Legal-Ease: Basics of house and apartment leases

Lee R. Schroeder is an Ohio licensed attorney at Schroeder Law LLC in Putnam County. He limits his practice to business, real estate, estate planning and agriculture issues in northwest Ohio. He can be reached at [email protected] or at 419-659-2058. This article is not intended to serve as legal advice, and specific advice should be sought from the licensed attorney of your choice based upon the specific facts and circumstances that you face.

Residential leasing is typically the term used to describe the renting of houses and apartments between landlords and tenants. Residential leases in Ohio are governed by a large number of detailed requirements. The list of requirements is extensive, especially for landlords.

Even if all requirements of a rental agreement are satisfied, the law allows judges to declare almost any part of a lease invalid if the Judge decides that the decision in question was unconscionable.

The renting of houses and apartments between landlords and tenants is typically called “residential leasing” because the arrangement involves the renting of a “residence.” The pressure for tenants (many times without the money to purchase homes) to find and maintain a house or apartment to rent can be intense. This is especially true in rural areas like ours, because many families in our communities can be large and there are very few, last-resort “safety nets” (like homeless shelters) in our region.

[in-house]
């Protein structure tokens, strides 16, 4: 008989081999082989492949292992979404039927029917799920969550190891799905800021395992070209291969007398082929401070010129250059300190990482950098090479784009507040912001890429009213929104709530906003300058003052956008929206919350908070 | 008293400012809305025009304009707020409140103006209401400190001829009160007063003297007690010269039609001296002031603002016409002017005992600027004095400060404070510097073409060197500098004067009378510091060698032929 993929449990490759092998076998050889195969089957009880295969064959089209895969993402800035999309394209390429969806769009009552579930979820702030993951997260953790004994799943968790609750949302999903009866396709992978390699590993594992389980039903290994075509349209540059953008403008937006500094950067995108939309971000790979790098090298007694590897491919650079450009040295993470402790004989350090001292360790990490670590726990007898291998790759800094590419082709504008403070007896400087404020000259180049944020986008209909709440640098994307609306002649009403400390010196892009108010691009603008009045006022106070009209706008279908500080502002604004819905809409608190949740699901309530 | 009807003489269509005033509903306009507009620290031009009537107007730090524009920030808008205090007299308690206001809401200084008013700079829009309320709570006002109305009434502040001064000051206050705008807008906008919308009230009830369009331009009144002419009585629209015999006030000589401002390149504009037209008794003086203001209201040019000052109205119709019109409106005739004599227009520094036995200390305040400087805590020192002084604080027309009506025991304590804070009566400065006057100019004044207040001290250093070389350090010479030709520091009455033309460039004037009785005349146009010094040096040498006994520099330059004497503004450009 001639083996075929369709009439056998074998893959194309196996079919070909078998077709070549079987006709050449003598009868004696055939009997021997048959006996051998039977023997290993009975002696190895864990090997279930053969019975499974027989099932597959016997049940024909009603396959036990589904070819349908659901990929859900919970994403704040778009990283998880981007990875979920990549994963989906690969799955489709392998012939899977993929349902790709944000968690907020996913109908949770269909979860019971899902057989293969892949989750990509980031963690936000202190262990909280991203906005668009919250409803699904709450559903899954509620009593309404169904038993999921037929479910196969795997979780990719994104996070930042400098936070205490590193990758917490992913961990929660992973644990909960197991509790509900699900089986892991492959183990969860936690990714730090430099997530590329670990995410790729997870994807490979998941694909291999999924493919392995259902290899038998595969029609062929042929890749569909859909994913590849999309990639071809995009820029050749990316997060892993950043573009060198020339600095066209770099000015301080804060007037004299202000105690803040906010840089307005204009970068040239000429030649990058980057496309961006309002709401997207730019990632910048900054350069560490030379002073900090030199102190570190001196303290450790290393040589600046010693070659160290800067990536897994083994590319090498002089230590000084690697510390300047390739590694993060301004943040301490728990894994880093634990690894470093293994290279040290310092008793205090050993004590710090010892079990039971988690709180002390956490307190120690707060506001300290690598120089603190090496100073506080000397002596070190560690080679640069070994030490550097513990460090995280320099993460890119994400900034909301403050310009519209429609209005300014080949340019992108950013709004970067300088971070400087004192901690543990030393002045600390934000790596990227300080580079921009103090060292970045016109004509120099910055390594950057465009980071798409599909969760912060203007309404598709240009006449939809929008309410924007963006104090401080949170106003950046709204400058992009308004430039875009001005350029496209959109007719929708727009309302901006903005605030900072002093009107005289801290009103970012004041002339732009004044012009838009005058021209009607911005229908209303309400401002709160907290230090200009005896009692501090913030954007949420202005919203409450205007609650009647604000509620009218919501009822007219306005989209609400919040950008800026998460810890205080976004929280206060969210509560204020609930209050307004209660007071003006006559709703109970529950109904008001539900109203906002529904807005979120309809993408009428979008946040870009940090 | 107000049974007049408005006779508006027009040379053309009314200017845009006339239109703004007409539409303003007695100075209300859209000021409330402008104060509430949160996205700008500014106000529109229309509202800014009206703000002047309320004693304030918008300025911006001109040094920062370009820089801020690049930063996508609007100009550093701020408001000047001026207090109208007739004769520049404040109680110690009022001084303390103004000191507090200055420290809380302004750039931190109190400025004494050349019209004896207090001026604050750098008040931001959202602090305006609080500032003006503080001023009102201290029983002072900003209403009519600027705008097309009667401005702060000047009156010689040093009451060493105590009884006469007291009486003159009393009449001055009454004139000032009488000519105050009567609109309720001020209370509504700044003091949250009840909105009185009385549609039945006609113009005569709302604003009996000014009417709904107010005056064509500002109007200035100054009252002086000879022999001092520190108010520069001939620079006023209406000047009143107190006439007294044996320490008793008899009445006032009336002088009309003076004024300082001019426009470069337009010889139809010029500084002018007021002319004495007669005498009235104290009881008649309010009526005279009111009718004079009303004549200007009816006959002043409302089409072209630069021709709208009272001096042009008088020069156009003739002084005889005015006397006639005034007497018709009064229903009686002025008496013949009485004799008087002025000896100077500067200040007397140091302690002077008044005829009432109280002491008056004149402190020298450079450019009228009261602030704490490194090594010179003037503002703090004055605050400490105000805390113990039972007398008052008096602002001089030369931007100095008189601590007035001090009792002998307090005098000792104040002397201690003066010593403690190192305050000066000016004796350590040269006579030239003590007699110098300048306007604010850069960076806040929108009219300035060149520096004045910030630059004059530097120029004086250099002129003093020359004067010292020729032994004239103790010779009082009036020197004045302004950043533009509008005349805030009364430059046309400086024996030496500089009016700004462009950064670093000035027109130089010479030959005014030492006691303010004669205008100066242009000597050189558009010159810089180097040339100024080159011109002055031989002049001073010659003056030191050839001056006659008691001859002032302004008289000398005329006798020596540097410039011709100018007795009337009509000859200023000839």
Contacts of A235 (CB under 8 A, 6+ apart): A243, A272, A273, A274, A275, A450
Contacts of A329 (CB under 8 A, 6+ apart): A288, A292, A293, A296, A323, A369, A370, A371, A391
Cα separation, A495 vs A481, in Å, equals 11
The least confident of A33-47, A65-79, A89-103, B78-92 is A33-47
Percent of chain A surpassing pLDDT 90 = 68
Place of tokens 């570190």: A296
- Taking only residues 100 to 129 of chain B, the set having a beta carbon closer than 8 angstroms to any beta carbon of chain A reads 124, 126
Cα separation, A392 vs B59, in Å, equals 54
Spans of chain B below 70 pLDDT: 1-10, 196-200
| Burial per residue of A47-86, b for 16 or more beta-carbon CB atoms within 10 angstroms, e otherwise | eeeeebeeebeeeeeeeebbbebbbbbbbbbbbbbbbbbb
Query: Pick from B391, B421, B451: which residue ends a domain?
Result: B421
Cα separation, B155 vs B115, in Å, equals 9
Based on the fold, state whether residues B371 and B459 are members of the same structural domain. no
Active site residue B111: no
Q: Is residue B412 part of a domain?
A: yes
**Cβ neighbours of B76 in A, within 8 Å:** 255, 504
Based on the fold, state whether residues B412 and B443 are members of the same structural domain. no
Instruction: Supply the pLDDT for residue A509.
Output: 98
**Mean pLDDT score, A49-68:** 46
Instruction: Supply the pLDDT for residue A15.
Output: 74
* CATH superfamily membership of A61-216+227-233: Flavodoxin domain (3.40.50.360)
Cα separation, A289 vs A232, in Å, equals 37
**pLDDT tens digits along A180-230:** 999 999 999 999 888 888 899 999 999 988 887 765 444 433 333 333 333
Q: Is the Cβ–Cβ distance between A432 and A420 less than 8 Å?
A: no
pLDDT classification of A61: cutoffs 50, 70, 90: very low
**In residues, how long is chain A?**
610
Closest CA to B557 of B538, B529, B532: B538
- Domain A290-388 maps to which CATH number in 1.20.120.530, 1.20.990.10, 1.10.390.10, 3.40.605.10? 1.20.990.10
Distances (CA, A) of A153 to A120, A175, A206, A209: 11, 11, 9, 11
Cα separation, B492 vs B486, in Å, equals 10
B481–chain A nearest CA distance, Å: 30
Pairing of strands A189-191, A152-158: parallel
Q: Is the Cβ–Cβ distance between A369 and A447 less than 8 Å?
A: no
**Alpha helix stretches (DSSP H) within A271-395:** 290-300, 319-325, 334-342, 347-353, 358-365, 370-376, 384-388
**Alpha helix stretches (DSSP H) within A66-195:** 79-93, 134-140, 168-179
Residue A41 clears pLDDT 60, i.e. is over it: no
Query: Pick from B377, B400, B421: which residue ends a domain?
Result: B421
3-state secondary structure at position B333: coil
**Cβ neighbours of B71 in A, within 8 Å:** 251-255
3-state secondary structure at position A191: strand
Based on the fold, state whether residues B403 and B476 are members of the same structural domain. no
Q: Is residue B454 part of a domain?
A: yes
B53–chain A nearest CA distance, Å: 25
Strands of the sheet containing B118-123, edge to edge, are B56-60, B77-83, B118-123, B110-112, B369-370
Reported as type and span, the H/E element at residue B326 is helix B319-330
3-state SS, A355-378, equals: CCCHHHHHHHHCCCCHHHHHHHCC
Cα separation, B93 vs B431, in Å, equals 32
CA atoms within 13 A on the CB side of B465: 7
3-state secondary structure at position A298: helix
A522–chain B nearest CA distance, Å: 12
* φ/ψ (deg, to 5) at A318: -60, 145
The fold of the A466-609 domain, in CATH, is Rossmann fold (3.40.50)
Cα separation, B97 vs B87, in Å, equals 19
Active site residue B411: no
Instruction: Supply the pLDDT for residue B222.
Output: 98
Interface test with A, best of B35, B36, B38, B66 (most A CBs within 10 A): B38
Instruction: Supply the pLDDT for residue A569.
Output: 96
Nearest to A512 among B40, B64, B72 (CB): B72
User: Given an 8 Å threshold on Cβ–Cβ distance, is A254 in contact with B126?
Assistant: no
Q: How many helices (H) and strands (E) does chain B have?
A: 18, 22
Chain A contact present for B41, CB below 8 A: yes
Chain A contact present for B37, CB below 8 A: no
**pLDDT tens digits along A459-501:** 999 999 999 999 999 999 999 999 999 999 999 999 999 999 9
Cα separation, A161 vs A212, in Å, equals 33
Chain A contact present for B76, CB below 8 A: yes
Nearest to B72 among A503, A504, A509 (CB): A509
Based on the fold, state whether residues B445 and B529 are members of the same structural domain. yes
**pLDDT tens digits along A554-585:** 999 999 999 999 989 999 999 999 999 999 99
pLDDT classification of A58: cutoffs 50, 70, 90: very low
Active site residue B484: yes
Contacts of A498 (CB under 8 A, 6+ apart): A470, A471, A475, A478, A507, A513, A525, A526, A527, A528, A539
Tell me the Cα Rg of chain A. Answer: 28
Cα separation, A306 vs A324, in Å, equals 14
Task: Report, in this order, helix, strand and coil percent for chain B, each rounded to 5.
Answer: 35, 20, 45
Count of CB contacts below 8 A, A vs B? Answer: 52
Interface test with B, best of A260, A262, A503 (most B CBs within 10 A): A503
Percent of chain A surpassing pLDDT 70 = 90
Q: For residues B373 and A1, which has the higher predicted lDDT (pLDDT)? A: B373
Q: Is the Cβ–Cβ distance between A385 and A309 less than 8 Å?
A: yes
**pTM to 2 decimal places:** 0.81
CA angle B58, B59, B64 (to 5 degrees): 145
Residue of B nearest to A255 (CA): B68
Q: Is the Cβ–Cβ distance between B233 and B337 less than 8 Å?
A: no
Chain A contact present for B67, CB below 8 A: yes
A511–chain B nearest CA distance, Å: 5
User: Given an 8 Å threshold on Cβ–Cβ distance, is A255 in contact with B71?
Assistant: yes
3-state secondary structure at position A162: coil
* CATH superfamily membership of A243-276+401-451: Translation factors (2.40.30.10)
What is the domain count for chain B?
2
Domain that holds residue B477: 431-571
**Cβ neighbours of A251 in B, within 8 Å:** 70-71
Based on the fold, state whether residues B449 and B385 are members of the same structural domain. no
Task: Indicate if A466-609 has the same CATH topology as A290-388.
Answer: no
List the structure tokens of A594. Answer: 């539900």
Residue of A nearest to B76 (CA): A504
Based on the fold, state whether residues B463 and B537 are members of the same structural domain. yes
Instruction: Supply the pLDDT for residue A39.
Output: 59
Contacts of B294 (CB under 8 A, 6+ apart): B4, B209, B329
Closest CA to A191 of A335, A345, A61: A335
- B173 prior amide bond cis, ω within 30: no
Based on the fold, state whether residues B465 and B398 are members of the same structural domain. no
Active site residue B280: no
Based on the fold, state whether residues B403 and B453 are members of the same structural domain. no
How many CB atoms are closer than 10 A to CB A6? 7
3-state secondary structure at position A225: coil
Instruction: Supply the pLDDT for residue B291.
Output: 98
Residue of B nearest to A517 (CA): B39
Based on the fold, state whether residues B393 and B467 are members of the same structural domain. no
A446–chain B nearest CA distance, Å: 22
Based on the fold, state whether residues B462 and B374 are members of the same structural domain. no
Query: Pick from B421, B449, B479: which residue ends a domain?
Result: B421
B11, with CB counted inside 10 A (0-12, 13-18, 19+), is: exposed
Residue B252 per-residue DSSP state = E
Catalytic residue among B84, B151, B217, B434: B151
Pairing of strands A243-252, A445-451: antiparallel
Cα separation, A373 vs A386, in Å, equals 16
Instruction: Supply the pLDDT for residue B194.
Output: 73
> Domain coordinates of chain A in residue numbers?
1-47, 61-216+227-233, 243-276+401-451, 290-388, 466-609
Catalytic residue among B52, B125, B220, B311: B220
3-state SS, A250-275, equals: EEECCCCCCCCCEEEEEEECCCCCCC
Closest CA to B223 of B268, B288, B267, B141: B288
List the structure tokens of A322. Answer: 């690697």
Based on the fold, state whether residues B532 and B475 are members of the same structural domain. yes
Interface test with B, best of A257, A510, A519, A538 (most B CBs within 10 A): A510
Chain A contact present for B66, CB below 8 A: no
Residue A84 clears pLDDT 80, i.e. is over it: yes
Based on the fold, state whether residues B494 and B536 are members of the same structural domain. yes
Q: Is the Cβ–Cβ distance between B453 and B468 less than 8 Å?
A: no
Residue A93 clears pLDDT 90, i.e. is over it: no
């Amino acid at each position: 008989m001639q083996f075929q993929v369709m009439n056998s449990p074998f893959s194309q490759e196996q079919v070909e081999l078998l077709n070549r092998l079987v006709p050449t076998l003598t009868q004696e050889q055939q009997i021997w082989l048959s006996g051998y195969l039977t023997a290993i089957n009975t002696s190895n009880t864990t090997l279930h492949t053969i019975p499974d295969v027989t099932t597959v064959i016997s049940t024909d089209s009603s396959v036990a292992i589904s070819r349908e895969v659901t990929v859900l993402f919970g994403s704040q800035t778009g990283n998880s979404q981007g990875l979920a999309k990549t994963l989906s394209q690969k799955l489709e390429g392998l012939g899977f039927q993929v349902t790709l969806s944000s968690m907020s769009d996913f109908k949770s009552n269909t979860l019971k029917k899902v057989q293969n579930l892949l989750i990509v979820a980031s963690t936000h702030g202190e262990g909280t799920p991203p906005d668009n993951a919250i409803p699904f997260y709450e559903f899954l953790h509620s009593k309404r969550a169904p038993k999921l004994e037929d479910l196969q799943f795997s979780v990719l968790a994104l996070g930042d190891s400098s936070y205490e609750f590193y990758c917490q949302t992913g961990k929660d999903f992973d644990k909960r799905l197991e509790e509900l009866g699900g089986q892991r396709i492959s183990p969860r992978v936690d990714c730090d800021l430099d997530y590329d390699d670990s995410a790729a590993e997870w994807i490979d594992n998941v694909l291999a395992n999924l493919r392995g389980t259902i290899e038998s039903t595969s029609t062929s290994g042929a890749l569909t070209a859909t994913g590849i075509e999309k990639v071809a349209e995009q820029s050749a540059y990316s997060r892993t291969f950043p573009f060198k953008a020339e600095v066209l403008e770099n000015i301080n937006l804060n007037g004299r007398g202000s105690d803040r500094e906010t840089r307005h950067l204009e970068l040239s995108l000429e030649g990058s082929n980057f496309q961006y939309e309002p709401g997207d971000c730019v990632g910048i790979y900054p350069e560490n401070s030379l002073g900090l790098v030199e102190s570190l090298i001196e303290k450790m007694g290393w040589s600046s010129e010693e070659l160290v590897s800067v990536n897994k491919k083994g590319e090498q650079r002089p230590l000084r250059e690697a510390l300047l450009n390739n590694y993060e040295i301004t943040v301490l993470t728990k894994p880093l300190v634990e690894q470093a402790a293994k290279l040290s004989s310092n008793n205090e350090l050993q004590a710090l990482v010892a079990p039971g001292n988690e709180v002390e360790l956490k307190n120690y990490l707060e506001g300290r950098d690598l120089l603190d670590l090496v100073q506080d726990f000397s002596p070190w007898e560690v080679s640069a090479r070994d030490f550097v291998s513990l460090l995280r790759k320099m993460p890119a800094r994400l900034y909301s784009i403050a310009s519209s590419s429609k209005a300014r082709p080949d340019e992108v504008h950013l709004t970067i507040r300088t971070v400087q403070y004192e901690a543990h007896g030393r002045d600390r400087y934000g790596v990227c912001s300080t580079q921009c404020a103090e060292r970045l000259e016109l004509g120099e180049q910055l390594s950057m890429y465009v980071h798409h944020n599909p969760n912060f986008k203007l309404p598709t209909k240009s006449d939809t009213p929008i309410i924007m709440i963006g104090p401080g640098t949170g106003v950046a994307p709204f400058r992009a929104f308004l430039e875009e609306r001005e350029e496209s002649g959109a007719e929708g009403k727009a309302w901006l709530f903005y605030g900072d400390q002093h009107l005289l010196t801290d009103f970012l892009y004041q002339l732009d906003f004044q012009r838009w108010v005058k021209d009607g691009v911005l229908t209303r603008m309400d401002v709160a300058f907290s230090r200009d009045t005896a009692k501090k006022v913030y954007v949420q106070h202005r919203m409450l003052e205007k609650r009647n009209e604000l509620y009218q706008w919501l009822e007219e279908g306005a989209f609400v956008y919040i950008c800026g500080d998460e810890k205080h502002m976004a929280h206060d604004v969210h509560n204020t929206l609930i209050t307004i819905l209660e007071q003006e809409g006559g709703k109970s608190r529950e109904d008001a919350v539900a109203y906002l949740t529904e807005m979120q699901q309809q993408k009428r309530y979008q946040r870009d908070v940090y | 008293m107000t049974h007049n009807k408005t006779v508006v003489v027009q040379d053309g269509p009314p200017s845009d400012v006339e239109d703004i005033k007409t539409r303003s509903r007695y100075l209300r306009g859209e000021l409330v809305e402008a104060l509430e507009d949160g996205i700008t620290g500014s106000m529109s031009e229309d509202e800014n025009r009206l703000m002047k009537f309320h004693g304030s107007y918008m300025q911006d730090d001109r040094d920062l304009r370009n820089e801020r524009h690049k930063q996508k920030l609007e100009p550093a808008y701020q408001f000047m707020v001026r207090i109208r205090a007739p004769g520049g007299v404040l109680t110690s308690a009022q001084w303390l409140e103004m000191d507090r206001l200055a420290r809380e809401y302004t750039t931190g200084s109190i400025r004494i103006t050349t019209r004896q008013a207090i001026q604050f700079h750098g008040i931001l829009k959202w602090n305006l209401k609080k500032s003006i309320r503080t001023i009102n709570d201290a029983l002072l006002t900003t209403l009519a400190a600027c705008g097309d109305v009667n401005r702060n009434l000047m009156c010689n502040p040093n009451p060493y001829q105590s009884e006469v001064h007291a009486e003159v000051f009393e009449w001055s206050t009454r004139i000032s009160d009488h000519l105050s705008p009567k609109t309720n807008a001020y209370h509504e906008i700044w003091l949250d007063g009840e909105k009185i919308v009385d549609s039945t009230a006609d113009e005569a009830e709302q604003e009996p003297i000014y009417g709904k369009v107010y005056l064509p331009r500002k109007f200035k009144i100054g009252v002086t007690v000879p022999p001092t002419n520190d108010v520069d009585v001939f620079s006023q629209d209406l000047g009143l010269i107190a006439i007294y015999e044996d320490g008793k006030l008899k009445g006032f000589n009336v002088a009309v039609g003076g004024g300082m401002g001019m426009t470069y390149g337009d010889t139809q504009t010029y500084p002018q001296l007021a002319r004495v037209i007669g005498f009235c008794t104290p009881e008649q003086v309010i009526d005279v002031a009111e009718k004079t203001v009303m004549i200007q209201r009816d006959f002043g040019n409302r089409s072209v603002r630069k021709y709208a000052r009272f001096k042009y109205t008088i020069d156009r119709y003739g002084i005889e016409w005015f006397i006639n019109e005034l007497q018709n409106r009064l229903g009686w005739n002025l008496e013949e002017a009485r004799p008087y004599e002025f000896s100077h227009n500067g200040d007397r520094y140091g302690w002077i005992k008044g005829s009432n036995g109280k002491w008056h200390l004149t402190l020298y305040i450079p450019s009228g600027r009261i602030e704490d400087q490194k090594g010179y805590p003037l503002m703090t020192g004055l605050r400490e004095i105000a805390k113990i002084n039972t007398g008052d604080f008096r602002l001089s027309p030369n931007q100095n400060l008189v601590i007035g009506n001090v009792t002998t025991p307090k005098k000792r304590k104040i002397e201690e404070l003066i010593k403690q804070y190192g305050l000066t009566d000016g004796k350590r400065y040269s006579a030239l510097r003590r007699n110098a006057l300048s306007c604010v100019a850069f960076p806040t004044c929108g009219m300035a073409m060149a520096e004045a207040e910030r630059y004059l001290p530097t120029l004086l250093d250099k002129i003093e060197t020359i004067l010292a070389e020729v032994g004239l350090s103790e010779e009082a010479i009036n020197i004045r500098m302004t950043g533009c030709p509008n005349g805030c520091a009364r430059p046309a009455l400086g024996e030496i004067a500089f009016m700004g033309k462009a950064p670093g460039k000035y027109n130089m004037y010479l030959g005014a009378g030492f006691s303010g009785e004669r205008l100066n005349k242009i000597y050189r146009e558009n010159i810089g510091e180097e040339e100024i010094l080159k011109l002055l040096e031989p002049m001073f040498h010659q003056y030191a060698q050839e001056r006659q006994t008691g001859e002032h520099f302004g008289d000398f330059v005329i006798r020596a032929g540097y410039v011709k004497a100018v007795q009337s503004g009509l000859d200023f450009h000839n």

As a result of those factors, residential leases throughout Ohio are governed by a large number of detailed requirements. The list of requirements, especially for landlords, is extensive. Even if all of the requirements of a particular rental agreement are technically satisfied, the law still allows judges to declare almost any provision of a lease invalid if the Judge decides that the provision in question was “unconscionable” when the tenant or landlord agreed to it. Typically, unconscionability only applies where a tenant literally had no meaningful choice when entering into the lease and the provision in question is incredibly one-sided in favor of the landlord.

Read more about residential leasing in Lee’s article in the Lima News here: Legal-Ease: Basics of house and apartment leases

Source: LimaOhio.com, “Legal-Ease: Basics of house and apartment leases,” by Lee R. Schroeder, October 28, 2017

Posted in Rental Law and tagged , .